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Missouri’s defense is elite...if it could only stop shooting itself in the foot

Penalties, blown coverages and missed tackles have plagued a veteran unit thus far.

NCAA Football: Missouri at Vanderbilt Steve Roberts-USA TODAY Sports

Entering the 2023 season, everybody and their mother knew about the expectations for this Missouri defense.

After all, the unit was fresh off a season in which it allowed 25 points per game, held teams to a meager 125.5 rushing yards per game, forced 16 turnovers and allowed a 43.41% 3rd down conversion rate. That all came in defensive coordinator Blake Baker’s first season at the helm.

How could they possibly top those numbers? Well, a good start would be returning eight starters from that vaunted defense, and that was exactly what happened. Baker only lost Isaiah McGuire, DJ Coleman and Martez Manuel from the ‘22 unit, and an influx of talent from the transfer portal seemed to be capable of offsetting those losses.

Add on the fact that the likes of Kris Abrams-Draine, Ennis Rakestraw Jr., Ty’Ron Hopper, Darius Robinson, JC Carlies, Daylan Carnell and plenty of other notable names would return and be more comfortable within Baker’s scheme, and many believed that this 2023 unit could live up the legendary defenses of ‘13 and ‘14. After all, the potential NFL talent on the ‘23 defense rivaled that of those loaded rosters.

So, have those expectations been met yet?

Missouri has allowed 20.2 points per game, 317 yards per game and forced four turnovers through five games.

For comparison, the 2022 defense had allowed 17.8 points, 337 yards per game and forced eight turnovers up to this point of the season.

“We won the game, but is that to the standard that we told you guys about all spring?” Darius Robinson said of the defense’s performance following the MTSU game. “We told you guys we want to be the best defense, and we have to get better.”

Robinson and country singer Hunter Hayes* can agree on one thing: “I don’t want ‘Good,’ and I don’t want ‘Good Enough.’”

At times, the ‘23 unit has been dominant. The second quarter shutout against Memphis and beginnings to the South Dakota and MTSU games are prime examples of that.

However, Baker’s defense has yet to put together a complete game like it did against South Carolina and Vanderbilt last year. Whether it be penalties, blown coverages or missed tackles, the unit has looked off for periods of every game thus far.

Against Vanderbilt, a roughing the passer call on Realus George Jr. allowed the ‘Dores to get out of their own end zone in the second quarter. Joseph Charleston also picked up a pass interference on the opening play of the game, Ennis Rakestraw picked up a PI in the fourth quarter and Daylan Carnell was called for holding when the Tigers were trying to put the game away late. Tackling angles were poor at times, and in other moments the Vanderbilt offensive line was able to will its runners forward for 2-3 more yards.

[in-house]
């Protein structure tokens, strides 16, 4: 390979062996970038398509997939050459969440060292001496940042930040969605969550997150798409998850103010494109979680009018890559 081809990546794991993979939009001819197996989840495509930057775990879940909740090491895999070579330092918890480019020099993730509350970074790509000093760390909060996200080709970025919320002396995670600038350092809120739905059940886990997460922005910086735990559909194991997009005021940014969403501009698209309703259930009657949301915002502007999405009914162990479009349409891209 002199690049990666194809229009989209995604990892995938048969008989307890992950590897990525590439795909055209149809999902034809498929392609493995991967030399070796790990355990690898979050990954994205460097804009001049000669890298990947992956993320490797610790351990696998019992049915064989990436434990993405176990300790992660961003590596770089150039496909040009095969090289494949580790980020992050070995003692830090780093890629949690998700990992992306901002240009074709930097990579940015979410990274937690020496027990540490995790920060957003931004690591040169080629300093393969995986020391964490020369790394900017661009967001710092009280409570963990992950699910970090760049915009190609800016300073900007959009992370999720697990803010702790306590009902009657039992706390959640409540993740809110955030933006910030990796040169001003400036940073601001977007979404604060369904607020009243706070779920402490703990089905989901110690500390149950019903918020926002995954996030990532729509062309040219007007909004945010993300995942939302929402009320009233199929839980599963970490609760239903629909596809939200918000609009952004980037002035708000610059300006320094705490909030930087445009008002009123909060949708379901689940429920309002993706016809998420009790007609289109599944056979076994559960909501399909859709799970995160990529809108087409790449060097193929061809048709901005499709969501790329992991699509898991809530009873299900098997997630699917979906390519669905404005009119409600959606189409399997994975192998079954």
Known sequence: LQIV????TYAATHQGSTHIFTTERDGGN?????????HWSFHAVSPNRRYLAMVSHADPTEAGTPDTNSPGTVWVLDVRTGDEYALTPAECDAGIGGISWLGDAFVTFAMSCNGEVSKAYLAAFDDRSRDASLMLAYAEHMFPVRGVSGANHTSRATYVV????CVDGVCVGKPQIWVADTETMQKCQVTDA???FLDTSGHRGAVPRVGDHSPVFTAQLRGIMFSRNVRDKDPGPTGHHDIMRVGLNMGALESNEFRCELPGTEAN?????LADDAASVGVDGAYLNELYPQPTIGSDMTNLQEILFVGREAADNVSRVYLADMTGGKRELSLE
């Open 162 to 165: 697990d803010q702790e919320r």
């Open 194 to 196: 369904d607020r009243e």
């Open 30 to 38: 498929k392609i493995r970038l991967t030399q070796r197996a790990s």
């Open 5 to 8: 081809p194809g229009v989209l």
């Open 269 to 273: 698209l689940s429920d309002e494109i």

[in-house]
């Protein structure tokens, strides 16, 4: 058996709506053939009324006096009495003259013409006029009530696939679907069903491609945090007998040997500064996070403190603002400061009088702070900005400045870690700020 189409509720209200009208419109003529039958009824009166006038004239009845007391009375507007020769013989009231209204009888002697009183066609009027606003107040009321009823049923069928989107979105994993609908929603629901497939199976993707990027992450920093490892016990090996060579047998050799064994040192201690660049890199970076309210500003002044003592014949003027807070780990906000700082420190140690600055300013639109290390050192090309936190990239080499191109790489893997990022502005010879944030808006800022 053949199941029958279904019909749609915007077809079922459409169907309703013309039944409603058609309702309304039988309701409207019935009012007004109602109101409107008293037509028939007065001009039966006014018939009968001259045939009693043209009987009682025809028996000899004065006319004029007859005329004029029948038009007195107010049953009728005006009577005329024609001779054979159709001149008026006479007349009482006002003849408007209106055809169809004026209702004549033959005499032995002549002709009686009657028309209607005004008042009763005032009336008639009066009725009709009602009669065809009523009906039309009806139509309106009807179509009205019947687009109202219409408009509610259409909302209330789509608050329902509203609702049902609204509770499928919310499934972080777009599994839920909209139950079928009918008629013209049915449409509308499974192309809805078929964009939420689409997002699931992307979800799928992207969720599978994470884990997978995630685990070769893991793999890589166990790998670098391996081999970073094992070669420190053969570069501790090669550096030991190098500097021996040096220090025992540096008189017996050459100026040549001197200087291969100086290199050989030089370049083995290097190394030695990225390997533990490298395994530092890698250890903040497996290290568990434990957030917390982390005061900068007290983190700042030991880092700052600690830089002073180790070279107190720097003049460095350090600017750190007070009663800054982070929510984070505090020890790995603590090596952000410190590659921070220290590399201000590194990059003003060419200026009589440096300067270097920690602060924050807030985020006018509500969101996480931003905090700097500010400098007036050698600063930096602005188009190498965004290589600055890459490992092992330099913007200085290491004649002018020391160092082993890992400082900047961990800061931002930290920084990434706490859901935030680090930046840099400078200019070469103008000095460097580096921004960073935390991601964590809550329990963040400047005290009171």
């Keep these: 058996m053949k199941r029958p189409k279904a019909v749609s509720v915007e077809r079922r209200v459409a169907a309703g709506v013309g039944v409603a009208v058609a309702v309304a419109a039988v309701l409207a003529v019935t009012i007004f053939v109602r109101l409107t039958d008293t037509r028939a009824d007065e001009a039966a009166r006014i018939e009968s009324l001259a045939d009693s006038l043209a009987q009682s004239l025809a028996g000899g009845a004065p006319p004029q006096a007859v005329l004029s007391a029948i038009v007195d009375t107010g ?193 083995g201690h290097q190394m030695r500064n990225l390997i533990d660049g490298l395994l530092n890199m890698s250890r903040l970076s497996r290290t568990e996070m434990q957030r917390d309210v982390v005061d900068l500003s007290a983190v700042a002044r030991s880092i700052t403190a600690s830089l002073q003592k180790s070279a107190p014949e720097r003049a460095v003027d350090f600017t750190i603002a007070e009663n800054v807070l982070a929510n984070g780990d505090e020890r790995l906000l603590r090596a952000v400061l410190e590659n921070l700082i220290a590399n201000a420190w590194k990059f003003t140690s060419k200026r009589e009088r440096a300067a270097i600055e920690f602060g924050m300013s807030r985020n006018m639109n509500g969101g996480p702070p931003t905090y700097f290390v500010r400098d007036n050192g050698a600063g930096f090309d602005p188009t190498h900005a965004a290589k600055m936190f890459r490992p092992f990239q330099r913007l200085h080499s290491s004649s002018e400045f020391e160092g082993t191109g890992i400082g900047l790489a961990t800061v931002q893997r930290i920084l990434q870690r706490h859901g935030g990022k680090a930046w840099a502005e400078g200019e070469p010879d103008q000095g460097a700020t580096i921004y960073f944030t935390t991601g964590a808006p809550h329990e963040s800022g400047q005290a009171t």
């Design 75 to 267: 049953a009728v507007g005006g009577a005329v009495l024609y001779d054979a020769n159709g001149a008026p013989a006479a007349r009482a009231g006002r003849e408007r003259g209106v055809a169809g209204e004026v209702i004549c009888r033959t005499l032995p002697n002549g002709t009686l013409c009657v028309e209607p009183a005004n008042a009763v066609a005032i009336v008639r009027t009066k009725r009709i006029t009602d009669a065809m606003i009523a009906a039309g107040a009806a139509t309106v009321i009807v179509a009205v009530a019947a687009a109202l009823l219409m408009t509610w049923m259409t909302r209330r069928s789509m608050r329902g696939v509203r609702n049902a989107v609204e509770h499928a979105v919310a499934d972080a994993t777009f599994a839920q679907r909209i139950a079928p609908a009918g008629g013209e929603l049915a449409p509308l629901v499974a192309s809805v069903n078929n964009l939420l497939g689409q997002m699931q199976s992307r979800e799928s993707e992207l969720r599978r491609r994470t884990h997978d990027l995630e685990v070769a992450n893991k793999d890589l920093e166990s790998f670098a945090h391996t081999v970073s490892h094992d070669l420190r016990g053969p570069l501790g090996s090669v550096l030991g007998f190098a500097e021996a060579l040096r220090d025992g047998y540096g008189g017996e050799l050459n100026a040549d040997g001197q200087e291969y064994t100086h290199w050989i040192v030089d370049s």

On top of that, blown coverages have been an issue thus far, and too many Commodores were running open on their first scoring drive of the game. Marvin Burks Jr. allowed a running back to run free on a 4th down conversion in the third quarter as well, Will Sheppard was untouched on his 31-yard touchdown reception in the fourth and Junior Sherril ran free on his 45-yard score.

“I’m disappointed in the last two touchdowns; with a cover three defense you just can’t allow somebody to run through the middle of the field,” Drinkwitz said. He also added that Burks’ eyes got caught in the backfield on the 4th down conversion, which comes down to a young player making a mistake.

Luckily, all of these miscues are very fixable, especially for a unit that features so many veterans and a defensive coordinator who has excelled at making adjustments during his time at Mizzou.

But, for this team to reach the high bar it has now set for itself, the defense needs to be far more polished.

The key will be how quickly adjustments can be made as the SEC schedule begins to heat up. A red-hot LSU offense will certainly look to expose some of these weak points next weekend. If the Bayou Bengals are able to find success in doing that next Saturday, then Mizzou may end up like Johnny Cash in his song “Sunday Morning Coming Down”, which reads: “Well, I woke up Sunday morning with no way to hold my head that didn’t hurt.”

But, as the great Dolly Parton** puts it: “Just stay on track and never look back.” That’s a great mindset for the Tiger defense to follow moving forward.

*From “I want crazy

**From “Blue Smoke